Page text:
Many students that I’ve worked with love World of Warcraft. Some of these students have an extremely difficult time to understand school assignments, especially students with neuropsychiatric disabilities, because they are not as fun as the games they play. For them school is just a big obstacle you have to get through to get home and play games. That can result in if the assignment doesn’t catch the students attention and interest it will be very hard for them to go through with it. That puts the challenge on me the teacher to try to find creative solutions and information that appeals to students based on the knowledge, context and interests that the students have, through Vygotskijs socio-cultural learning. Here is one such task:
World of Warcraft has two factions / sides. In the game called pages ”Horde” and ”Alliance”. By creating a fictitious ”battlefield” where the Alliance stands for PLUS and Horde for MINUS it creates an easier way for students to learn about the positive and negative numbers and how they work in math. By dividing up the pluses and minuses of the two groups it will be easier for the student. It also becomes very clear to the student that when less and less come together, they become ”friends” and stronger because they are on the same side of on the page. I have also added figures from each faction so that the student can easily see which group the numbers belong to. The paper on the right, is used as a ”support notebook paper” for the student where he / she can write down the number and the group it belongs to. That paper that i call the ”battlefield” to stimulate the students imagination makes it visually clear to the student what side the numbers are on. Once we figured out the numbers the student will see, for example, the plus side is the ”stronger” side and therefore the positive side wins and the answer will therefore be plus and if the minus side is stronger the negative side will win and the answer is written with a minus.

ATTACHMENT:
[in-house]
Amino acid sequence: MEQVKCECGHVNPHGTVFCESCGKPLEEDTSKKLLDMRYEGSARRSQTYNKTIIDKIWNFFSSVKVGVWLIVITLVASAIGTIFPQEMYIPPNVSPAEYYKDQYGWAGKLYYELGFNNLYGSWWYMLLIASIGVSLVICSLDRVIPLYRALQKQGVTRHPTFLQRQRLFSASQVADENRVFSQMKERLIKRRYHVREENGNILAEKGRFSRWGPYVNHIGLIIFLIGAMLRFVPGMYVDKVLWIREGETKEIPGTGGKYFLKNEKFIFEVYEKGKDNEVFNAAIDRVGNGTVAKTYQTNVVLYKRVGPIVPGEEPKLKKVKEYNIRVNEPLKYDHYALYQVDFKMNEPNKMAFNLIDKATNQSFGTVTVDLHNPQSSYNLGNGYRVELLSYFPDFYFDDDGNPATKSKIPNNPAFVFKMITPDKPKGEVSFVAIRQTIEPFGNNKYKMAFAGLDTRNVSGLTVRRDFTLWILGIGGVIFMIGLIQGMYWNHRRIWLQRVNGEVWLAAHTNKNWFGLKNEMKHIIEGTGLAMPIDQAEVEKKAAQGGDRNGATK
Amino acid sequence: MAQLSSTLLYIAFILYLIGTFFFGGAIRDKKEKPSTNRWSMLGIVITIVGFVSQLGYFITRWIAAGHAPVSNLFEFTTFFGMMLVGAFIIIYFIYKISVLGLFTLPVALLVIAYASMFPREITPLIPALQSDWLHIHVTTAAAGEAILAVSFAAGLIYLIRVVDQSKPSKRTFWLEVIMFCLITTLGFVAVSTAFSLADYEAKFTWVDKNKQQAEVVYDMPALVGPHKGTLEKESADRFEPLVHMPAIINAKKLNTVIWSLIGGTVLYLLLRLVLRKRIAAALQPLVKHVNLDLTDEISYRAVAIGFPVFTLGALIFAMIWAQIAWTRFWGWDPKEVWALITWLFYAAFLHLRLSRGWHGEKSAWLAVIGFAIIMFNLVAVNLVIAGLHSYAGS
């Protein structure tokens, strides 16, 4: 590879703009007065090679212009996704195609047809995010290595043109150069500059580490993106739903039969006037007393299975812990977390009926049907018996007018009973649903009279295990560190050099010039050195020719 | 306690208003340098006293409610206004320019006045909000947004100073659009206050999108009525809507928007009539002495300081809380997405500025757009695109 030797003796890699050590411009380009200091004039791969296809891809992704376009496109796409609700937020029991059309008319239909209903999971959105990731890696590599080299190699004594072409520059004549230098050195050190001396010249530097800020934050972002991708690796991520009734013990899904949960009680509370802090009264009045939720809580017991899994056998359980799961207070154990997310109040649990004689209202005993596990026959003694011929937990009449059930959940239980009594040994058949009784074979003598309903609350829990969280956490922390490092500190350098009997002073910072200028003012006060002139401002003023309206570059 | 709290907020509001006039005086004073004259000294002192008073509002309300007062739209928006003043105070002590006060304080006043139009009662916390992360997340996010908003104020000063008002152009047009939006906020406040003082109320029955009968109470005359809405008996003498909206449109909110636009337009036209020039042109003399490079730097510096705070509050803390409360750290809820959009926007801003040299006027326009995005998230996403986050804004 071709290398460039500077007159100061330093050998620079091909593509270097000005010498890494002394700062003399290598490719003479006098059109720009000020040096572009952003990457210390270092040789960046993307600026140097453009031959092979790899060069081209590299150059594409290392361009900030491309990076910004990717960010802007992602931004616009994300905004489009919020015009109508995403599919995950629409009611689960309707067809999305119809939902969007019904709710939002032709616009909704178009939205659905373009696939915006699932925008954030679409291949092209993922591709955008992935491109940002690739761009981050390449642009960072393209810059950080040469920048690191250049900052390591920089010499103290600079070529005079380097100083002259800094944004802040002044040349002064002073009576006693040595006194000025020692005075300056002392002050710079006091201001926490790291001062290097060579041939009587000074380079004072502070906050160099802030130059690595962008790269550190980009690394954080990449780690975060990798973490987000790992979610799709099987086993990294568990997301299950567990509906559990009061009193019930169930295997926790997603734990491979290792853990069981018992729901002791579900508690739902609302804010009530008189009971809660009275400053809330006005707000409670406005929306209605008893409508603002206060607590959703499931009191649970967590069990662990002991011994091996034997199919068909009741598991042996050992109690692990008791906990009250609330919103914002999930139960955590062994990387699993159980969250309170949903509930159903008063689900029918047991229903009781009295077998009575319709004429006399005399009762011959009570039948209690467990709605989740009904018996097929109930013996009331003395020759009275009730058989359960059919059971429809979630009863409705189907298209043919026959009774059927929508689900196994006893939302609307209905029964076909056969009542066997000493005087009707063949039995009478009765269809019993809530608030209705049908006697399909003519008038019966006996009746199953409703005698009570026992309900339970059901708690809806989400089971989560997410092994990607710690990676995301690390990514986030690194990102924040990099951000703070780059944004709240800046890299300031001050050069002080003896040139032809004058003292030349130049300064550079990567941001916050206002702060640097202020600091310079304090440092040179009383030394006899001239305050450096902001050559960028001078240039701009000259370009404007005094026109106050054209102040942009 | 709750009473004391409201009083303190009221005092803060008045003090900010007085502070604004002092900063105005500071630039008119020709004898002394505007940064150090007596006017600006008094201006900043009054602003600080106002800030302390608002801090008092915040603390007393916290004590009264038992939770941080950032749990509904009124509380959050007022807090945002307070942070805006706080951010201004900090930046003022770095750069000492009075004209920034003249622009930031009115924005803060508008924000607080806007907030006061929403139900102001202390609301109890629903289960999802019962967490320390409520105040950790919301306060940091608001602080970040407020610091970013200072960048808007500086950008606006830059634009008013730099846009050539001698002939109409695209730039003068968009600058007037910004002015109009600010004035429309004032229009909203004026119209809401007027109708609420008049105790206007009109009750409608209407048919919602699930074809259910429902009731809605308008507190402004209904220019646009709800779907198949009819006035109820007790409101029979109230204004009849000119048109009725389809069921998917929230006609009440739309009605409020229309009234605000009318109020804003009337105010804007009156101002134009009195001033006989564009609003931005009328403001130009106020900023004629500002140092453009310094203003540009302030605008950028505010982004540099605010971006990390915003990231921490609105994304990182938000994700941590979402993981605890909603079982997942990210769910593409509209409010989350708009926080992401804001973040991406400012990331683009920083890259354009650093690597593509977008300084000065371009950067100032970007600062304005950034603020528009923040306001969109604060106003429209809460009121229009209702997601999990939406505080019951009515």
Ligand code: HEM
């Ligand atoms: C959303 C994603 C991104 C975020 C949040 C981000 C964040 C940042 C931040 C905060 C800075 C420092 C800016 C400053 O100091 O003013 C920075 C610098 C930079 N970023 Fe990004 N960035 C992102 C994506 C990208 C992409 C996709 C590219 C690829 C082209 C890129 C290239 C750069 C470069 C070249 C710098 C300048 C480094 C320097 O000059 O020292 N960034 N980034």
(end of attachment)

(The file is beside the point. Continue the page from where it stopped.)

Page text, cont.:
When me and a student have gone through the first paper with the characters to learn the rules, we take a regular math book and go through positive and negative numbers in it. We still maintain the ”battlefield” as support note paper (paper to the right) with the two sides plus and minus to retain the feeling that we are still talking about World of Warcraft. And remember it doesn’t have to be World of warcraft. As long as there are to sides you can use whatever scenario that the student would find exciting. This approach has worked well with all the students I’ve worked with and it creates a understanding of how positive and negative numbers work by using the student’s interest and imagination.
This is one example of how you can implement game mechanics, context and connect them to students learning.